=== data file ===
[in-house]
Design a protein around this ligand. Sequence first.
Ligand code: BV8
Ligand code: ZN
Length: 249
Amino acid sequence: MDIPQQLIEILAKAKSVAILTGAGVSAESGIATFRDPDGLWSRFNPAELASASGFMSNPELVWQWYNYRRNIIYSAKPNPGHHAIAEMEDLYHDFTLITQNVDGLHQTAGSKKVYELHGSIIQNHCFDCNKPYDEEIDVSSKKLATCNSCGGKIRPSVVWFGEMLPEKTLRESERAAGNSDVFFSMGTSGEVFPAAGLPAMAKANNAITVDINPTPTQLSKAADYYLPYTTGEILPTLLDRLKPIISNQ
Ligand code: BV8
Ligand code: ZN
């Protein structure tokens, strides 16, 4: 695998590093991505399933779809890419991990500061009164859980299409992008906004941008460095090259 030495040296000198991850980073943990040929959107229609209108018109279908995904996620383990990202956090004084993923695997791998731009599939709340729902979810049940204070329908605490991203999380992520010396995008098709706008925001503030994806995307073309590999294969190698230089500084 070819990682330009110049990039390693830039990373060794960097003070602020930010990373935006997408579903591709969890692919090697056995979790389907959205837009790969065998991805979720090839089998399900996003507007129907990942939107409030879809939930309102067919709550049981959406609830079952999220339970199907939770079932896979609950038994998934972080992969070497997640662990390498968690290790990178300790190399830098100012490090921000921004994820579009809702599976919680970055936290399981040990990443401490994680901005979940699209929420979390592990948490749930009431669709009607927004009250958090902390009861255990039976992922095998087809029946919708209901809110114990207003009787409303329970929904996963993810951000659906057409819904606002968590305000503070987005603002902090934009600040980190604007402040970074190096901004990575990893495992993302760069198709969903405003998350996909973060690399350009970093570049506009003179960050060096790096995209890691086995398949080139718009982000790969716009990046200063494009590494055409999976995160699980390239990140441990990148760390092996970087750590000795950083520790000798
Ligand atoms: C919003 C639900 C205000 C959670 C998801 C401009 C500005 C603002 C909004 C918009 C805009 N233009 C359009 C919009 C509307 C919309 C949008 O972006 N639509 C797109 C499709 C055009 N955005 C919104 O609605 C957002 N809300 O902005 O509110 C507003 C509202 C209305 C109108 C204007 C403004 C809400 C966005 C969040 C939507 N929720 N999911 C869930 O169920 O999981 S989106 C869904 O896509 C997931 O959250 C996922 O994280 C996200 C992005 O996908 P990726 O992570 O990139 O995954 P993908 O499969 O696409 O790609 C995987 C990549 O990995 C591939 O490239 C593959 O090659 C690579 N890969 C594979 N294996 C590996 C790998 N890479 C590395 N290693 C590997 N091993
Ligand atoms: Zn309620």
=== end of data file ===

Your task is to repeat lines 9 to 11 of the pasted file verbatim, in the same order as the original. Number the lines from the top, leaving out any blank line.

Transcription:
């Protein structure tokens, strides 16, 4: 695998590093991505399933779809890419991990500061009164859980299409992008906004941008460095090259 030495040296000198991850980073943990040929959107229609209108018109279908995904996620383990990202956090004084993923695997791998731009599939709340729902979810049940204070329908605490991203999380992520010396995008098709706008925001503030994806995307073309590999294969190698230089500084 070819990682330009110049990039390693830039990373060794960097003070602020930010990373935006997408579903591709969890692919090697056995979790389907959205837009790969065998991805979720090839089998399900996003507007129907990942939107409030879809939930309102067919709550049981959406609830079952999220339970199907939770079932896979609950038994998934972080992969070497997640662990390498968690290790990178300790190399830098100012490090921000921004994820579009809702599976919680970055936290399981040990990443401490994680901005979940699209929420979390592990948490749930009431669709009607927004009250958090902390009861255990039976992922095998087809029946919708209901809110114990207003009787409303329970929904996963993810951000659906057409819904606002968590305000503070987005603002902090934009600040980190604007402040970074190096901004990575990893495992993302760069198709969903405003998350996909973060690399350009970093570049506009003179960050060096790096995209890691086995398949080139718009982000790969716009990046200063494009590494055409999976995160699980390239990140441990990148760390092996970087750590000795950083520790000798
Ligand atoms: C919003 C639900 C205000 C959670 C998801 C401009 C500005 C603002 C909004 C918009 C805009 N233009 C359009 C919009 C509307 C919309 C949008 O972006 N639509 C797109 C499709 C055009 N955005 C919104 O609605 C957002 N809300 O902005 O509110 C507003 C509202 C209305 C109108 C204007 C403004 C809400 C966005 C969040 C939507 N929720 N999911 C869930 O169920 O999981 S989106 C869904 O896509 C997931 O959250 C996922 O994280 C996200 C992005 O996908 P990726 O992570 O990139 O995954 P993908 O499969 O696409 O790609 C995987 C990549 O990995 C591939 O490239 C593959 O090659 C690579 N890969 C594979 N294996 C590996 C790998 N890479 C590395 N290693 C590997 N091993
Ligand atoms: Zn309620």